Anyway, as NR readers know, my position, as the presumptive senator from New Hampshire, is that, given the mess you Americans have made of the GOP, I’m in favor (actually, I’m in favour[6]) of an all-Canadian ticket next time round. But in the meantime I don’t see why we Canadians have to skulk around in a state of shame to the point where effete[7] maple-scented[8] Timesmen are forced to be more good-ol’-boy-than-thou[9] and jump the first Canuck in the Senate parking lot. Nuts to this. This is sick. What next? Elizabeth Warren forced to admit she’s one-thirty-second Manitoban?[10]

It doesn’t have to be this way. I have a dream that one day my children will live in an America where they’re judged not on the color of their skin but on whether they’ve got an aunt in Saskatoon.[11]


[1] A play on the idiom “jump the shark.” Moose are often associated with Canada

[2] A play on the phrase “self-loathing Jews,” meaning Jews who oppose things like pro-Israel policies

[3] Perhaps a cheeky reference to Toni Morrison’s label of Bill Clinton as “the first black president”

[4] A slang term for Canadians

[5] Attorney who prosecuted the Rosenbergs and worked with Senator Joeseph McCarthy; Steyn humorously implies that Brooks is persecuting his own people.

[6] A British spelling

[7] Effeminate; Steyn often derides liberals as insufficiently masculine.

[8] Maple syrup is often associated with Canada

[9] A play on the idiom “holier-than-thou.” Steyn is accusing Brooks of populist pandering.

[10] Warren, a Democrat Senator from Massachusetts, famously claimed Native American heritage as a part of her “family folklore,” despite the only known Native American in her family tree being her great, great, great grandmother.

[11] Obviously, a coy reference to Martin Luther King, Jr.’s “I Have a Dream” Speech.

Pure Political Preference

Besides all the more intellectual reasons why I am a conservative, I prefer it to liberalism because I simply like its values more.

Conservatism is concerned with the primary needs of existence: physical safety, family, private property, freedom.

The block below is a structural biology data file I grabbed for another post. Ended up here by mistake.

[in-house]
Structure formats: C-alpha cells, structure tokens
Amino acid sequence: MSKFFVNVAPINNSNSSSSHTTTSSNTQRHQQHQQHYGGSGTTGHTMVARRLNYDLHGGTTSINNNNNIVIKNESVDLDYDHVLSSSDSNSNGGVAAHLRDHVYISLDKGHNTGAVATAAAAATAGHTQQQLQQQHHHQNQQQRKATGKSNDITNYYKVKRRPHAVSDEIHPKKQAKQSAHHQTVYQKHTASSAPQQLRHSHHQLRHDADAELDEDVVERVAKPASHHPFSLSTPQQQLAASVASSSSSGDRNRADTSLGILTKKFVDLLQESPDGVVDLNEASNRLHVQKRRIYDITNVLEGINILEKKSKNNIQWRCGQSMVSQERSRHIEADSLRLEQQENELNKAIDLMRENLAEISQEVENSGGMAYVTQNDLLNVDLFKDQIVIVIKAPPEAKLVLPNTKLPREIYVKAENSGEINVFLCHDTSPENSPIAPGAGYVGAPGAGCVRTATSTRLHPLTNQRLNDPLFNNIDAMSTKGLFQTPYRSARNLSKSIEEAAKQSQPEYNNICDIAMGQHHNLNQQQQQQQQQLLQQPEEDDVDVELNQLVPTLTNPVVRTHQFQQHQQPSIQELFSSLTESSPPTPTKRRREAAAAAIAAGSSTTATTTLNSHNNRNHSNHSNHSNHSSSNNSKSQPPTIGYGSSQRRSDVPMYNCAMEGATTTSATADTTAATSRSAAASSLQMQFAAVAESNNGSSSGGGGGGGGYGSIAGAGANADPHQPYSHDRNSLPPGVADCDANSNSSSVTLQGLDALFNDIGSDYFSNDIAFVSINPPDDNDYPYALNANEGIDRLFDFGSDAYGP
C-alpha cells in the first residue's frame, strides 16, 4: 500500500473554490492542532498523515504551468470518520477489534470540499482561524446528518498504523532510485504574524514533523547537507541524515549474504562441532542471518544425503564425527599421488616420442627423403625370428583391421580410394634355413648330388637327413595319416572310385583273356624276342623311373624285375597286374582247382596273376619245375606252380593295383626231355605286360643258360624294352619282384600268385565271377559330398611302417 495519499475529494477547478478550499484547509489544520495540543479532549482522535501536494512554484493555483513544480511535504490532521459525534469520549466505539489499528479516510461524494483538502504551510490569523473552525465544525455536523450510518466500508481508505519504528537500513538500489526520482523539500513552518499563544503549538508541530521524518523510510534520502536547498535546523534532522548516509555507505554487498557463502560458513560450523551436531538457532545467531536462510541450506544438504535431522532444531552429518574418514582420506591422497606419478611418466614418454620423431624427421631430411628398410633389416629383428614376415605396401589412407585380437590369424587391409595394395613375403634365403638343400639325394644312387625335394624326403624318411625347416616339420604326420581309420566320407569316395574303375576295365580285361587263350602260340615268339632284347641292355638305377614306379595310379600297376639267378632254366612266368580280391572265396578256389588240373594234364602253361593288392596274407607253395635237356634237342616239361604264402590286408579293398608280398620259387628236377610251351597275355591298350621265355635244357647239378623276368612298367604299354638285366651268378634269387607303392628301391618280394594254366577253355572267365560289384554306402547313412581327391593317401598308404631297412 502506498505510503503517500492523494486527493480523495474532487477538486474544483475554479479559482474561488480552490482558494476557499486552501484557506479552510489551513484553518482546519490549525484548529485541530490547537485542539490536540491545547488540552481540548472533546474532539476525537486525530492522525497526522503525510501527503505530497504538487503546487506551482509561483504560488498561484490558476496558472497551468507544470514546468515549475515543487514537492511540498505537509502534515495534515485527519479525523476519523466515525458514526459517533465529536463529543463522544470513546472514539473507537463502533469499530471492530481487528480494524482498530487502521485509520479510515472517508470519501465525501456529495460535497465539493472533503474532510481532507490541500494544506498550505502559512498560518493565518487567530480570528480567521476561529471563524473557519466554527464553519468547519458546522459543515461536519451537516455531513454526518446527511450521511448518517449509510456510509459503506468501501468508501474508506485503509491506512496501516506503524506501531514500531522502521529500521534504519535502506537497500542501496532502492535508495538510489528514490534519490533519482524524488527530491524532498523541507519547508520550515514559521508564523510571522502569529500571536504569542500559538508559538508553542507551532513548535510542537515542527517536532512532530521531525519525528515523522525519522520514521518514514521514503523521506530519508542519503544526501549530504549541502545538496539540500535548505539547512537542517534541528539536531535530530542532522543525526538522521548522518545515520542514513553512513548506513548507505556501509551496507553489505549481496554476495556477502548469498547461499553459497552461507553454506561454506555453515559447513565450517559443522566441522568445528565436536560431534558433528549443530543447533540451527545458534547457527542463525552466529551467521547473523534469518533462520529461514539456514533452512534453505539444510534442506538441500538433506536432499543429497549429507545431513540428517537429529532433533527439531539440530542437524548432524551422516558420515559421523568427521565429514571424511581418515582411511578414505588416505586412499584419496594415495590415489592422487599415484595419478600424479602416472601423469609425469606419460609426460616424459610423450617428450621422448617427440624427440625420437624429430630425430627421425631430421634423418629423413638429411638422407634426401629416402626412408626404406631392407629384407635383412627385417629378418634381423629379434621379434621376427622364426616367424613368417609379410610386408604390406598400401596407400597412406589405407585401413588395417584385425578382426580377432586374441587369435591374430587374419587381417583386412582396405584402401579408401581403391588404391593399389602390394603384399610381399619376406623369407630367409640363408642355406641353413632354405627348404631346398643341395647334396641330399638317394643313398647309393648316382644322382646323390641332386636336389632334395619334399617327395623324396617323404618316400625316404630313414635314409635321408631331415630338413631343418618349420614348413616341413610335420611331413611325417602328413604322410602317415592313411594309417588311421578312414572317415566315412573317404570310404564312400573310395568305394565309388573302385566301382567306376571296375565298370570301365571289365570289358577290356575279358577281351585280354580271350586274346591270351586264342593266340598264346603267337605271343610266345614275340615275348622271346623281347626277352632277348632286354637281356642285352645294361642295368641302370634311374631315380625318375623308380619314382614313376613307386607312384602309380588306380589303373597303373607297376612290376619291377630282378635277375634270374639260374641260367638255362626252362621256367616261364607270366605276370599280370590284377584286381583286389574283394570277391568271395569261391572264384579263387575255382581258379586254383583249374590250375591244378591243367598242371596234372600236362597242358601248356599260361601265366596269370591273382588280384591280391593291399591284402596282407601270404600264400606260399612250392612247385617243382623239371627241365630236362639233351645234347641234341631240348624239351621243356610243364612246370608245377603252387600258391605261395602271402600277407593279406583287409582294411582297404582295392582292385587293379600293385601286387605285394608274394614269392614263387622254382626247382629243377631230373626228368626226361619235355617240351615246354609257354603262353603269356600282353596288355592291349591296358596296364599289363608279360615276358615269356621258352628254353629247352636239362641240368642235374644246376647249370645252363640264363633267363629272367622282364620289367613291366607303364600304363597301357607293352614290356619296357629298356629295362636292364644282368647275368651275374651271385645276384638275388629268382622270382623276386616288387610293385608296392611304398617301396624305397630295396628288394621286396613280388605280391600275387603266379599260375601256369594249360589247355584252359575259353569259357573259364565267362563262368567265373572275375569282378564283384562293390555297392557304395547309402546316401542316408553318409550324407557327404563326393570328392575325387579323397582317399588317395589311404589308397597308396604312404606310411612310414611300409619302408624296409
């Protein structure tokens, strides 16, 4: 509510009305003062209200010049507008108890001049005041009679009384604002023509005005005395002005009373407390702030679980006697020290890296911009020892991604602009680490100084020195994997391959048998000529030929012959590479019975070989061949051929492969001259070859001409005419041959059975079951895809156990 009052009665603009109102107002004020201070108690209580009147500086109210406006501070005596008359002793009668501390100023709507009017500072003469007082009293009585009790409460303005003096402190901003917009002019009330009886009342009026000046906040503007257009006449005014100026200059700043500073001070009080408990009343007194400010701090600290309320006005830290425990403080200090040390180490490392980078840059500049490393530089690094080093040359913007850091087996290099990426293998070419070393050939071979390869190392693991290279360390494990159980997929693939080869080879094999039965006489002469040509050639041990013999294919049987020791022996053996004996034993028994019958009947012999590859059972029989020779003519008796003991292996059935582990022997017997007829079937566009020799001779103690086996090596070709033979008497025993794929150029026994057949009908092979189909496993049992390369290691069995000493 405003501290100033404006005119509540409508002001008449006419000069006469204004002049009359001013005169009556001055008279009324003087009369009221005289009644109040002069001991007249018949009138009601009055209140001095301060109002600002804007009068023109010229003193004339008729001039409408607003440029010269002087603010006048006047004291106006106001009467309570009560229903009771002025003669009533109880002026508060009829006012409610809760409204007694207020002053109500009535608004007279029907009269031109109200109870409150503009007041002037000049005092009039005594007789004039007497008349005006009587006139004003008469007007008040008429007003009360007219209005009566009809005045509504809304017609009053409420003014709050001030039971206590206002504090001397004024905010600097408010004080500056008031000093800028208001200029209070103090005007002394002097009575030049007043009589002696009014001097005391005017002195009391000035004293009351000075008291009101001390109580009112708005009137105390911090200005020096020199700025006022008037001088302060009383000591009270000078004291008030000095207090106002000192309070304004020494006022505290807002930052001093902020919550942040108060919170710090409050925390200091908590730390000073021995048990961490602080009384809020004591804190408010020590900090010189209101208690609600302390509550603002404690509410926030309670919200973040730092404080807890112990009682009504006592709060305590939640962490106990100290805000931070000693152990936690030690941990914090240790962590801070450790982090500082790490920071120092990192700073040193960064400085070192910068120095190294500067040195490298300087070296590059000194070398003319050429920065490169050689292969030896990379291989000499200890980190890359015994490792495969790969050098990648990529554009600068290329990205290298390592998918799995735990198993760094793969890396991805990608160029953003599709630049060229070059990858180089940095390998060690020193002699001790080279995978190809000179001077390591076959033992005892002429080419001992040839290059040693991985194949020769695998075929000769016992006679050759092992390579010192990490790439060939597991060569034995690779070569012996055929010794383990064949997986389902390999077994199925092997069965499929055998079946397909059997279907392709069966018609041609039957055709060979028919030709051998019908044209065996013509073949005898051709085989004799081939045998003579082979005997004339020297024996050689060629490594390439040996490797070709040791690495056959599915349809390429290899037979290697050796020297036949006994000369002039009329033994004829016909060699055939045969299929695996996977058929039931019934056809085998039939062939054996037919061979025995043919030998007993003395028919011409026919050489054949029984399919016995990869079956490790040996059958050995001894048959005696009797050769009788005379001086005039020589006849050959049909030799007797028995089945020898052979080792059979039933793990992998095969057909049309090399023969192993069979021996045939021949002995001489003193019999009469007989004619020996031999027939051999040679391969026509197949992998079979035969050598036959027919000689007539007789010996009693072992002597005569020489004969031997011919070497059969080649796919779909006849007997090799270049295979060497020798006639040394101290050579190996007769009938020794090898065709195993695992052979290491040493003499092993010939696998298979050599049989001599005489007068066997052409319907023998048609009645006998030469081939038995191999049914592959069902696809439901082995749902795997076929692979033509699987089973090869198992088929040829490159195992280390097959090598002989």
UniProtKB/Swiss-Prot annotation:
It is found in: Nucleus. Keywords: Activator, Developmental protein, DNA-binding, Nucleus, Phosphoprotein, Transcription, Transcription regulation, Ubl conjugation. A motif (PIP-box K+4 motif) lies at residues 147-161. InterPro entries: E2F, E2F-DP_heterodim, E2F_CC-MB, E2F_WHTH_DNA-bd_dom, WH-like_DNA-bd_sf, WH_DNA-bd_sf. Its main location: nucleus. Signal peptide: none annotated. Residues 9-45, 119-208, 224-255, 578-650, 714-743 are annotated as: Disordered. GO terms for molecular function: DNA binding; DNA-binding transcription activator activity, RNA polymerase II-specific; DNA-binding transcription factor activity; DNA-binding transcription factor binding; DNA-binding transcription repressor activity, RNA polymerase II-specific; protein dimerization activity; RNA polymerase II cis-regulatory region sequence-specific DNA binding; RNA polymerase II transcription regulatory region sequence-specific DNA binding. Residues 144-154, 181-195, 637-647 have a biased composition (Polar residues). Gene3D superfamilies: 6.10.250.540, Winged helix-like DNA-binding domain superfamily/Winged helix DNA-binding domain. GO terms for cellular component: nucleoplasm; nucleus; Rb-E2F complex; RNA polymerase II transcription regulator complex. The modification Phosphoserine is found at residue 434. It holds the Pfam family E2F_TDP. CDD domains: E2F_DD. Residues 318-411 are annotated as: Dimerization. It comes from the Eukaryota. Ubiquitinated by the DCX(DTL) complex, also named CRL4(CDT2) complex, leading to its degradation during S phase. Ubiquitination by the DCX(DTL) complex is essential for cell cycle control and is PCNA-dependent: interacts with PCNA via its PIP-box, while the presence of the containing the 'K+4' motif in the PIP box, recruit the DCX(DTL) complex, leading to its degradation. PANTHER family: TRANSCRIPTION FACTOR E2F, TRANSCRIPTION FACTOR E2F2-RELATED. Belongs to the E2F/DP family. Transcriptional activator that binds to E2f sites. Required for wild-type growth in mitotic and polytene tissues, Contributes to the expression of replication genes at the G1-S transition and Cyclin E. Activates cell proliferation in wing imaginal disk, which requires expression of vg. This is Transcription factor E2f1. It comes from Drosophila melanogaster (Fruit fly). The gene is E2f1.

Liberalism is concerned with secondary wants: egalitarianism, self expression, fulfillment, comfort.

I like subscribing to a worldview that prizes the eternal over the ephemeral.

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Will Liberals Agree to Call These Things Crazy?

I want to ask every progressive in America, especially those now in or seeking political office, to commit to the following ten-point statement:

I will not at any time endorse or participate in any social movement or advocate any legislative change that promotes:

• Legalizing incestuous relationships
• Legalizing polygamous relationships
• Legalizing sexual relationships with, or depictions of, minors under the current age of consent
• Granting animals any new legal rights currently reserved for humans
• Granting governments any new power, outside of taxation, to arbitrarily seize money held in accounts and investments of private citizens
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Is Gun Control a Kind of Leftist Cultural Imperialism?

Questions for those on the Left who want more gun control:

This seems to be basically a blue state vs. red state issue. Doesn’t it bother you that you are trying to impose your will on a culture that is different from your own–one you don’t completely understand–in an attempt to make their culture more like yours? If not, why not? Isn’t this the kind of cultural colonialism that you have so long decried?

Aren’t your efforts for gun control rooted in an implicit ethnocentrism–a declaration that a culture different from yours is bad and that their nature can be “fixed” by becoming more like you (in this case, averse to firearms)?

Doesn’t the philosophical similarity between your desire to impose your values on those who differ from you and those of the jingoistic imperialists of the past at least give you pause?